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AFC Asian Cup 2007 – Not just about football

Although hardly tipped as favourites going in to the tournament, Iraq surprisingly claimed the 2007 AFC Asian Cup title in Indonesia, Malaysia, Thailand and Vietnam. Meanwhile, Japan did not even make it to the final in their quest for a third consecutive triumph.
When the final whistle was blown at Gelora Bung Karno Stadium in Jakarta on 29 July, the scorer of the match’s winning goal and the tournament’s best player, Younis Mahmoud, and his Iraqi team-mates sprinted across the pitch to celebrate their 1-0 win over Saudi Arabia and victory in the AFC Asian Cup final.
Iraq had not been among the pretournament favourites, having had limited preparation following coach Jorvan Vieira’s arrival on 24 May, but the Brazilian coach brought the players from different backgrounds together and helped them play an attacking game. Thanks to their style of play and plenty of support from the 60,000 fans in the stands, Iraq overwhelmed three-time champions Saudi Arabia.
“This is not just about football; this has brought great happiness to a whole country,” Vieira said. “The Iraqi people and players are fantastic people with fantastic power inside them. I have learned a lot from them.” Iraq’s surprising success highlighted another element of the co-hosted tournament: what sport can do for the people.
In contrast to the Iraqis’ happy ending, Japan’s challenge for a third-straight title ended in failure alter a 3-2 defeat to Saudi Arabia in the semi-finals. “Fatigue overwhelmed our players, especially our key men,” lamented Japan coach Ivica Osim.
The Japanese players were visibly worn out as they travelled to the tournament straight from their regular season games and had to face the heat and high humidity of Hanoi. Osim’s Japan team struggled to find its best form, and the two Europe-based players
- Eintracht Frankfurt striker Naohiro Takahara and Celtic midfielder Shunsuke Nakamura – had played only three games alongside their J.League-based team-mates ahead of the tournament.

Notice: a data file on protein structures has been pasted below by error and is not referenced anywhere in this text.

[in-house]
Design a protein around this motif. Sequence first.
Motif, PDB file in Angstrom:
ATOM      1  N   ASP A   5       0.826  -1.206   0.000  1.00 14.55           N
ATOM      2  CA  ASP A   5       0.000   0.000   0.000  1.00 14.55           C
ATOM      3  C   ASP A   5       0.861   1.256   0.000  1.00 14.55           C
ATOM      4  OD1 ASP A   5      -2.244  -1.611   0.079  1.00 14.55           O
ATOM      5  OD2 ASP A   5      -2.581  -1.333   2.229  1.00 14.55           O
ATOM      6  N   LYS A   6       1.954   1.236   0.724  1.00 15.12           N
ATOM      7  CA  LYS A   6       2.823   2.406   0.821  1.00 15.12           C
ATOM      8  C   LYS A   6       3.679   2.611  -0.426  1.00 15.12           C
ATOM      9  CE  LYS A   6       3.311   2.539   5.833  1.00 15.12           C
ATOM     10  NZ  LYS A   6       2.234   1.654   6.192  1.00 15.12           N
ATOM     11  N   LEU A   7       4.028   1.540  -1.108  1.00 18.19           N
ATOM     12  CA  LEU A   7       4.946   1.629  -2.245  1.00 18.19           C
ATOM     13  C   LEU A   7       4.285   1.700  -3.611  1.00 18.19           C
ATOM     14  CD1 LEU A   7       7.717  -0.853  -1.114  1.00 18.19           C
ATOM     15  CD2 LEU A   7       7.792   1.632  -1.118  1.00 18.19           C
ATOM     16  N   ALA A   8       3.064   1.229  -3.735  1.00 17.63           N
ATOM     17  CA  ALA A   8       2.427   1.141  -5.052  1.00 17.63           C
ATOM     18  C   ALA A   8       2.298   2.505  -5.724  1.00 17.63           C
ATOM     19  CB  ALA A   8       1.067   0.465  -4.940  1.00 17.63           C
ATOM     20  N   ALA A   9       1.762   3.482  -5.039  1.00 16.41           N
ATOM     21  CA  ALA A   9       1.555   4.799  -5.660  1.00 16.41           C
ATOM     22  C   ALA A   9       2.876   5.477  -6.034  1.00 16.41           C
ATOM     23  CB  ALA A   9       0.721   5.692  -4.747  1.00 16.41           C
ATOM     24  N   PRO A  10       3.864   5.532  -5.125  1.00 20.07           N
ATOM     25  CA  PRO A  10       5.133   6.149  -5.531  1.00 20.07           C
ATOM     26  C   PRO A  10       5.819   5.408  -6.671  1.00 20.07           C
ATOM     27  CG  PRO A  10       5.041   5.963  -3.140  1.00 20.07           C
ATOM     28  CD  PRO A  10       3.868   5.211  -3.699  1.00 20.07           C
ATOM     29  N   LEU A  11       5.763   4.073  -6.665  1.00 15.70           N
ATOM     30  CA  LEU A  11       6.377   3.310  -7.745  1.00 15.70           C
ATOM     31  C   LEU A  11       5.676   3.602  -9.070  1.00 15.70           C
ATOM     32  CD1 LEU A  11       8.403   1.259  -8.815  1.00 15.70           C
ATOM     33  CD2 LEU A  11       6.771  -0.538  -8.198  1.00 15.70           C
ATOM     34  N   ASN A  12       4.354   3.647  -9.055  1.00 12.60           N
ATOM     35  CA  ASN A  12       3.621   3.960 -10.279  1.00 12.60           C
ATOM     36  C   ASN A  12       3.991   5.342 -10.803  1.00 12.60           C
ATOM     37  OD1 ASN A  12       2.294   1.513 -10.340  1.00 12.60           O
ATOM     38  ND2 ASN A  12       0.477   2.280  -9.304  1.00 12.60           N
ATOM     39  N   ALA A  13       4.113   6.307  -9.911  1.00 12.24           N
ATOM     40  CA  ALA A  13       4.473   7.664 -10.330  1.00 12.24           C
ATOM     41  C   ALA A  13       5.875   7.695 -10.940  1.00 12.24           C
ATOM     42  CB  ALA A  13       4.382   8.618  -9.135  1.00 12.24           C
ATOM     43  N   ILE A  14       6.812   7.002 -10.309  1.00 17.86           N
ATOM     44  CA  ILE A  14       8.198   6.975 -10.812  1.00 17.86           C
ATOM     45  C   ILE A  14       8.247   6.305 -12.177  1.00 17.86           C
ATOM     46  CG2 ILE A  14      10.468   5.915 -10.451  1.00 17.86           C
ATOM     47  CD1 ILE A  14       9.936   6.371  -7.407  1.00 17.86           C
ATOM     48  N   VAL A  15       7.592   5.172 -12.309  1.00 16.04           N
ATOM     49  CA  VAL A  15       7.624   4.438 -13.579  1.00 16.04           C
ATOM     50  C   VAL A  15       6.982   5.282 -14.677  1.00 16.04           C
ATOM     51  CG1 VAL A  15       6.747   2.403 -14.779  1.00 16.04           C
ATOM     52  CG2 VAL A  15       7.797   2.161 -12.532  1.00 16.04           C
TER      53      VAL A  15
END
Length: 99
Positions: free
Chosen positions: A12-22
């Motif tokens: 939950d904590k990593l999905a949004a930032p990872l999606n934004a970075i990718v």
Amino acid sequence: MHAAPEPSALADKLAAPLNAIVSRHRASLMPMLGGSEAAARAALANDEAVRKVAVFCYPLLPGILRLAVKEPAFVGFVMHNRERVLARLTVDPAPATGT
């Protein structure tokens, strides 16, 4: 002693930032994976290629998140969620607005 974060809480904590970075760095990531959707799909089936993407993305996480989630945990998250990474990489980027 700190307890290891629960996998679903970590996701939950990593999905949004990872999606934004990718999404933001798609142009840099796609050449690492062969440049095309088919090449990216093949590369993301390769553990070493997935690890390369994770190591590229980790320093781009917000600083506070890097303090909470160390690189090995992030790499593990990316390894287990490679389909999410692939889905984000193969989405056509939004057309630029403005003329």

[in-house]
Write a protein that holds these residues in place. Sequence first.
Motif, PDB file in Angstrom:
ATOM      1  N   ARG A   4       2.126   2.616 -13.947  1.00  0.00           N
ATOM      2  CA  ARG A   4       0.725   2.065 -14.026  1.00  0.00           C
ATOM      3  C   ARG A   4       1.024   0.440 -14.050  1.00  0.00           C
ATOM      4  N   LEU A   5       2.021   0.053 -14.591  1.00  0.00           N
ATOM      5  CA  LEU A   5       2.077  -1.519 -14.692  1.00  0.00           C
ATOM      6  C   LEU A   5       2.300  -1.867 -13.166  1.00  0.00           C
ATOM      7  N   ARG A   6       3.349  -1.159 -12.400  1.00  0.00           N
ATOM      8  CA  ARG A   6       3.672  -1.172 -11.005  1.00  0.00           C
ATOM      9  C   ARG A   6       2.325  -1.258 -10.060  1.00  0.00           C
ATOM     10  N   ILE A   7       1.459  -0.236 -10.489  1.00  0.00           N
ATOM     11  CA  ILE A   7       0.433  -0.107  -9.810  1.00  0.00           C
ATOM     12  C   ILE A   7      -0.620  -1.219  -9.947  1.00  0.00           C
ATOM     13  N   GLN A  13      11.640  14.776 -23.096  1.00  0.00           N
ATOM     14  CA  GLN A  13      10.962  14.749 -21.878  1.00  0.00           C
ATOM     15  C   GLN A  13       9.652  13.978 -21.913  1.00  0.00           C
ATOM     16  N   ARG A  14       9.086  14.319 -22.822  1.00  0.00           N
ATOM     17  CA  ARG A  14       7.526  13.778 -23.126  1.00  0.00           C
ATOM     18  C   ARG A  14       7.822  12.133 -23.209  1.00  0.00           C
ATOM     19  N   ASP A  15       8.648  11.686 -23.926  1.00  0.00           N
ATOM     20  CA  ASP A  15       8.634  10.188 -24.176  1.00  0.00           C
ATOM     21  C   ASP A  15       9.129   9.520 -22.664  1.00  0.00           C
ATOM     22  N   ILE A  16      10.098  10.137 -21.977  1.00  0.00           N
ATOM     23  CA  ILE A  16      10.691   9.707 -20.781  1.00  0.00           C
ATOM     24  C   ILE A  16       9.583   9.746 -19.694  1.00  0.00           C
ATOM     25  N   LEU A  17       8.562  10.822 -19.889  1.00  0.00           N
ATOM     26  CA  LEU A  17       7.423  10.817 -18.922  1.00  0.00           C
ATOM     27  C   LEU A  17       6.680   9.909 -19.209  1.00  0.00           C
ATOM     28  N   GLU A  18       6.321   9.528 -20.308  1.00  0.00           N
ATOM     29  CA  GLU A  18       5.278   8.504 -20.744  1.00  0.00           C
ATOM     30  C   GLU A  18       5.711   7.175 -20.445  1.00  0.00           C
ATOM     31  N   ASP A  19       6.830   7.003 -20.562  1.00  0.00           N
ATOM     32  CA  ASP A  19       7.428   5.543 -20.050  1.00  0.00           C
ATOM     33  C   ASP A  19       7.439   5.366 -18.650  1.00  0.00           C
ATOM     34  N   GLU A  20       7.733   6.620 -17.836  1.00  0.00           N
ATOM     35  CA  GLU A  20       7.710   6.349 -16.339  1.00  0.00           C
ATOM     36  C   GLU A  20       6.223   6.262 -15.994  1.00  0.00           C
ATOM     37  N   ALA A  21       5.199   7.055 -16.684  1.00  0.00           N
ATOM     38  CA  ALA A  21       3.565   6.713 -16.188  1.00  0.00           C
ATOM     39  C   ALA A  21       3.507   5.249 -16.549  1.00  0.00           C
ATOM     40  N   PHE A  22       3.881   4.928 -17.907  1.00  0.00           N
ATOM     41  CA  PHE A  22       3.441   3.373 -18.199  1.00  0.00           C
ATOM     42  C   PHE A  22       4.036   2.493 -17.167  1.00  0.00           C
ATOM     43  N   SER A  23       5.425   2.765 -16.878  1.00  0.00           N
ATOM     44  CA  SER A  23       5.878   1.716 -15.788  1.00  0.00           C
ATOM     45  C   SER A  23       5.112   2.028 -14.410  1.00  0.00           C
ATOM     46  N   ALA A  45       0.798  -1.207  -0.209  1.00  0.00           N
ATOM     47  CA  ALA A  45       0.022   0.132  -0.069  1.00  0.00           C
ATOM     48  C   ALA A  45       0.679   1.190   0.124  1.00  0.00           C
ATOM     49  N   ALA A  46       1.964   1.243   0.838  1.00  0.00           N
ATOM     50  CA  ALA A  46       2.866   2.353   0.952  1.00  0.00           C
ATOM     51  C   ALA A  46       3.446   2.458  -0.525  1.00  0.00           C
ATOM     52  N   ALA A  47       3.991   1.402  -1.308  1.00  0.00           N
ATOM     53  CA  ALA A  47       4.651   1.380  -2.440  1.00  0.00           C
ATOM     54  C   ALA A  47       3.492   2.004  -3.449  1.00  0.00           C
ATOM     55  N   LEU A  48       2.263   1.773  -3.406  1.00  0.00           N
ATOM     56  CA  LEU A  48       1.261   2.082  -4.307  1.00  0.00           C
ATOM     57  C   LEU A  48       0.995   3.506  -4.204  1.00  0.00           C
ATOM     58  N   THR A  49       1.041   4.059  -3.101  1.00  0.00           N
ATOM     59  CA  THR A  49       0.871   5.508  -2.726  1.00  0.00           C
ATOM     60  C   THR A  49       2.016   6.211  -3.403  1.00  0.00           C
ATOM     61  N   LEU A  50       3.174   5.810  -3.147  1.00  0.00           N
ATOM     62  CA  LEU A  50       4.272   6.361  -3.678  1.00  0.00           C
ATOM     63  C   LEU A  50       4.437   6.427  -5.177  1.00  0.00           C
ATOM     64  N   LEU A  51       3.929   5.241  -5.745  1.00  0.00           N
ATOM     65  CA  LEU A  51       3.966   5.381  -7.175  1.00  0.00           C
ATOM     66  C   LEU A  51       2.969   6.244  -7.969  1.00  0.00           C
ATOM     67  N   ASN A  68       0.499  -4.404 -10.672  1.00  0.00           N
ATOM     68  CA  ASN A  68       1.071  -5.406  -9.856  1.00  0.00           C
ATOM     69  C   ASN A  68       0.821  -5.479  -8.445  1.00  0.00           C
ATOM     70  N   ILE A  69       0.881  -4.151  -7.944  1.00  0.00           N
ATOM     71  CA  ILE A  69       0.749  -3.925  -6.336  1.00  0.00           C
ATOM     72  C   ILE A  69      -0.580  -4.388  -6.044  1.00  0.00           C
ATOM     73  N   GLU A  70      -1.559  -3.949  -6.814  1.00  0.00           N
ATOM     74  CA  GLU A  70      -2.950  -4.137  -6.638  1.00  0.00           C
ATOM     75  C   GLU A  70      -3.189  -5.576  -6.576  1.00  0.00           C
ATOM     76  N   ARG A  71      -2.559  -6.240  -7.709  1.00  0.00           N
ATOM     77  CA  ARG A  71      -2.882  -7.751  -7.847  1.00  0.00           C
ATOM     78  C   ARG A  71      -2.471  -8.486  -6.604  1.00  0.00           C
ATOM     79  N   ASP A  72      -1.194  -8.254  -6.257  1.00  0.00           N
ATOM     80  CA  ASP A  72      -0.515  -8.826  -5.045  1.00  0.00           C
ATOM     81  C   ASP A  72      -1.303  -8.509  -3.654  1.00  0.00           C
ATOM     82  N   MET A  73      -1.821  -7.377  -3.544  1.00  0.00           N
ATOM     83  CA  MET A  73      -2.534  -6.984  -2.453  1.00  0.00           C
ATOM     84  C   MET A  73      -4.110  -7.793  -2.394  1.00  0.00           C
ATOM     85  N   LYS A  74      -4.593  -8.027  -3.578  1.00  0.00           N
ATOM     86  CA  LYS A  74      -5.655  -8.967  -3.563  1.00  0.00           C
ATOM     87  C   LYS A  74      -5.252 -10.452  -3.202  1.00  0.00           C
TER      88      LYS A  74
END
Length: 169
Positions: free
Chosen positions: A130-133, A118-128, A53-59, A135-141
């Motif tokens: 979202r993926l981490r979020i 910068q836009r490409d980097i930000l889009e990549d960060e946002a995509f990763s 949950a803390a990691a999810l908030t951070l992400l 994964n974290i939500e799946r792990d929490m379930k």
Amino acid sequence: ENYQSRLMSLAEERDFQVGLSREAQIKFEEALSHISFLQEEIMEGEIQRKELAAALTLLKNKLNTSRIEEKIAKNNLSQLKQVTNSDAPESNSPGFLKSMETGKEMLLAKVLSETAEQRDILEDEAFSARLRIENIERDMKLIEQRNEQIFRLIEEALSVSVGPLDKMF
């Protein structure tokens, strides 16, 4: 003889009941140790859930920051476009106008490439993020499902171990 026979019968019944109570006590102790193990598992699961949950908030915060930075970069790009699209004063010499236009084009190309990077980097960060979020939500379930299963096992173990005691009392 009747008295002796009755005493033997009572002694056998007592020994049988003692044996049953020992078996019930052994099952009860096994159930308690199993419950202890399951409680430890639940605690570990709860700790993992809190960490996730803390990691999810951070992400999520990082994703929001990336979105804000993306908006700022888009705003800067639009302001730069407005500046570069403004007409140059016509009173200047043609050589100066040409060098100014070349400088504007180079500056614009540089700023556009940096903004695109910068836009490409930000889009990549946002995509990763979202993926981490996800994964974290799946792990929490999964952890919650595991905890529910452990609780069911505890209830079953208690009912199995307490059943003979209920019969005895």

Nevertheless, Japan produced an attractive game with more movement than the 2006 FIFA World Cup™ team, giving a hint of what can be expected from the three-time Asian champions in the future. But the Japanese players lack belief in their individual skills, especially when the going gets tough. “You cannot raise the level of your team’s game without improving individual skills; you need to have the skills to control the ball at top speed,” noted former Yugoslavia coach Osim.
Australia, making their Asian Cup debut, served as another focal point for media attention during the tournament. The Socceroos, formed around the squad that had reached the round of 16 of the World Cup in Germany last year, held a training camp in Singapore to acclimatise before heading to their venue in Bangkok.
Nevertheless, the Aussies struggled, drawing 1-1 with Oman and losing 3-1 to Iraq before finally beating Thailand 4-0 to set up a quarter-final encounter with Japan. Australia midfielder Tim Cahill showed frustration at the gap between what the players were feeling and the way their performances were presented in the Australian media. “We knew from the start of the tournament that the Asian nations are very good with great talent,” he told his country’s media. “You guys are uneducated about the Asian teams and how well they play.”
Australia’s run in the competition ended when they fell to Japan in a penalty shootout. Australia coach Graham Arnold said, “We have learned a lot in the last couple of weeks; Asia is very difficult. It’s shown the players that the road ahead is going to be very difficult. We are going to have to play 12 qualifiers in conditions and surroundings like this to reach the World Cup and all of our players are going to be playing in Europe.”